In the 1990s, Alberto Fujimori was responsible for bringing a huge influx of used vans and buses in from South Korea. This linked article is in Spanish, but it tells of the country’s ills that required the vans, or “combis” in the first place. Now, say experts, they’re unnecessary.
So what is a combi?
The ugly of Lima traffic
Imagine taking a VW van and gutting it of everything except its shell and engine. Maybe keep the cut-up seats as-is, or install new ones of poor material that are quickly laid waste by the whims of younger people who don’t think twice about cutting the fabric for fun. That doesn’t really mater though, because the fabric will tear eventually. And it has. Get into a combi and you’ll feel like you’re very much inside a sardine can. You can almost always feel the springs in the seats, and if you’re taller than average here, then your knees have to contend with the immovable seat in front of you, always to he detriment of your ligaments. The floor, and walls are thin sheets of metal, and it would not be a combi if the door did not either close incorrectly, or was jury-rigged somehow to keep it shut, perhaps a combination of nylon plastic cord and electrical tape. There are some combis that are new, but they are the exception.
The bad of Lima traffic
Lima’s traffic makes either for a hellish ride, or for a snail-paced marathon that leaves you desperate for the finish line. There are two reasons the traffic makes a combi particularly shitty:
- Just like sardine cans, that’s how they’re stuffed: If you don’t get several asses right in your face on a journey to Lima, then I would not believe you were ever there–or at least, you forgot to be a good traveler and experience the local transportation first-hand. If standing, your neck will be bent 90 degrees. If sitting, well, trying to get out is always fun. While the driver drives, there’s a “cobrador” who yells destinations at people on the sidewalk and at stops, trying to cram enough people into his combi to the point that oxygen becomes precious.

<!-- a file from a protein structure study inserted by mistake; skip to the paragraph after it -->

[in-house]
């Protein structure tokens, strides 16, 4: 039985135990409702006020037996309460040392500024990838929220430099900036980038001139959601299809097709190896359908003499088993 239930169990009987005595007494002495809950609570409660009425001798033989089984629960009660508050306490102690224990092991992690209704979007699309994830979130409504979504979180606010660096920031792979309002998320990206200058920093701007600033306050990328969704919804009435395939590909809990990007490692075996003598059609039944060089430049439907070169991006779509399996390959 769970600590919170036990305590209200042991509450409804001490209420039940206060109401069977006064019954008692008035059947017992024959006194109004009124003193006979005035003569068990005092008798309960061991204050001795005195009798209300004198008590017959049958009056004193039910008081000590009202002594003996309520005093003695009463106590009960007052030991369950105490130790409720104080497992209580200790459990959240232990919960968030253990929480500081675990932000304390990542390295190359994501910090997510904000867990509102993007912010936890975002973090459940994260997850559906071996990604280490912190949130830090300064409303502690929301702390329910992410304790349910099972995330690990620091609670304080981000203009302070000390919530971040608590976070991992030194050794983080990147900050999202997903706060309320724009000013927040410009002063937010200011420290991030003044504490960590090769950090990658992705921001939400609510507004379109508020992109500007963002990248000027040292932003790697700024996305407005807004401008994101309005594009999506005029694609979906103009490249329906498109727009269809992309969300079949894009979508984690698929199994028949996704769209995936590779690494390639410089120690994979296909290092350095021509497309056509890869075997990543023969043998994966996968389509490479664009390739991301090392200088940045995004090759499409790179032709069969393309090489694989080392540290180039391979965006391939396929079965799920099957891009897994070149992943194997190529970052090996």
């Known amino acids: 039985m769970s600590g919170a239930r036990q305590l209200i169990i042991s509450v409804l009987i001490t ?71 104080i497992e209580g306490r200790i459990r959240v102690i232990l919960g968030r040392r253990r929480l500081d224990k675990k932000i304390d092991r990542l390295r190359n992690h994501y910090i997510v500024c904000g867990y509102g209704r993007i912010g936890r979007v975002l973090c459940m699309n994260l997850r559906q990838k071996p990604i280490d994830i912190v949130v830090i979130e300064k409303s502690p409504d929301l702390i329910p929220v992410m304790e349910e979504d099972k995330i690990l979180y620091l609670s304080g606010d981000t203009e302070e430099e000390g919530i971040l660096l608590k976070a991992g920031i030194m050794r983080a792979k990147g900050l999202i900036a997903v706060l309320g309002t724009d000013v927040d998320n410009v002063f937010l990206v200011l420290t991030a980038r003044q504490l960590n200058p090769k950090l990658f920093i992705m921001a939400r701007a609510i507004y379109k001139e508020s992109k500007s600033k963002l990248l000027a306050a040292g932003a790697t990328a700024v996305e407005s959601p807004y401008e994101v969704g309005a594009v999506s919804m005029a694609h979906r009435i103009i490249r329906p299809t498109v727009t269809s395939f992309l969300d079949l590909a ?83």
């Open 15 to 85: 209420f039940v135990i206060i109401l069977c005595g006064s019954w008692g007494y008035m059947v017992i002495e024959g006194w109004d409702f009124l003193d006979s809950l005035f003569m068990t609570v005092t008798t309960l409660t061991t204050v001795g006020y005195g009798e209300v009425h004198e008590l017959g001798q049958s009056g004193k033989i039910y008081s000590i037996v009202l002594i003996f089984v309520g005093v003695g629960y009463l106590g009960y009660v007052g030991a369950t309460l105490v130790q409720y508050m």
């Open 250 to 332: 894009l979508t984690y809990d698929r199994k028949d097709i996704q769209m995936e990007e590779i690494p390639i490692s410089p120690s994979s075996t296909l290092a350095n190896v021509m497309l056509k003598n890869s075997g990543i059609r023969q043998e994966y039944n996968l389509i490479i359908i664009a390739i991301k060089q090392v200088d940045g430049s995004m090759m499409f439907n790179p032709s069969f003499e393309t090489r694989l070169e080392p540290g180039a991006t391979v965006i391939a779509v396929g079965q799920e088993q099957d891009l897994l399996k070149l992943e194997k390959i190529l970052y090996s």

- They’re in a hurry: If combis have the road, they’ll treat it like a racetrack. It is very rare to ever feel safe in one of these things, given that they zig-zag like a getaway car through spaces that aren’t big enough, and the top-heavy vehicles feel like they’ll be knocked down. When there are accidents with combis, people die. Traffic and road incidents in Peru happen to be especially horrible, and consistently horrible. I have had to explode at a driver and cobrador when they were breaching 85 miles an hour on an avenue. Peruvians tend to be reserved, but when I screamed at the dick-hole, everyone else piped in as well.
The good of Lima traffic
For those who come from cities lacking sufficient public transportation, the pros of a frenetic yet constantly flow of public transport options becomes rather awesome. Combis are not the only option–there are buses and taxis as well. But it’s mostly combis and taxis. A ride in a combi generally costs 1 sol, or about 25 cents USD. It’s easy to hate the traffic in Lima, but it’s hard to rail against the readily available vehicle that’ll get you where you’re going. Rarely will you ever wait longer than 5 minutes, and there are options into the night. So the paradox is that public transportation is good, but it’s also bad. The good is one thing I love about Lima Peru.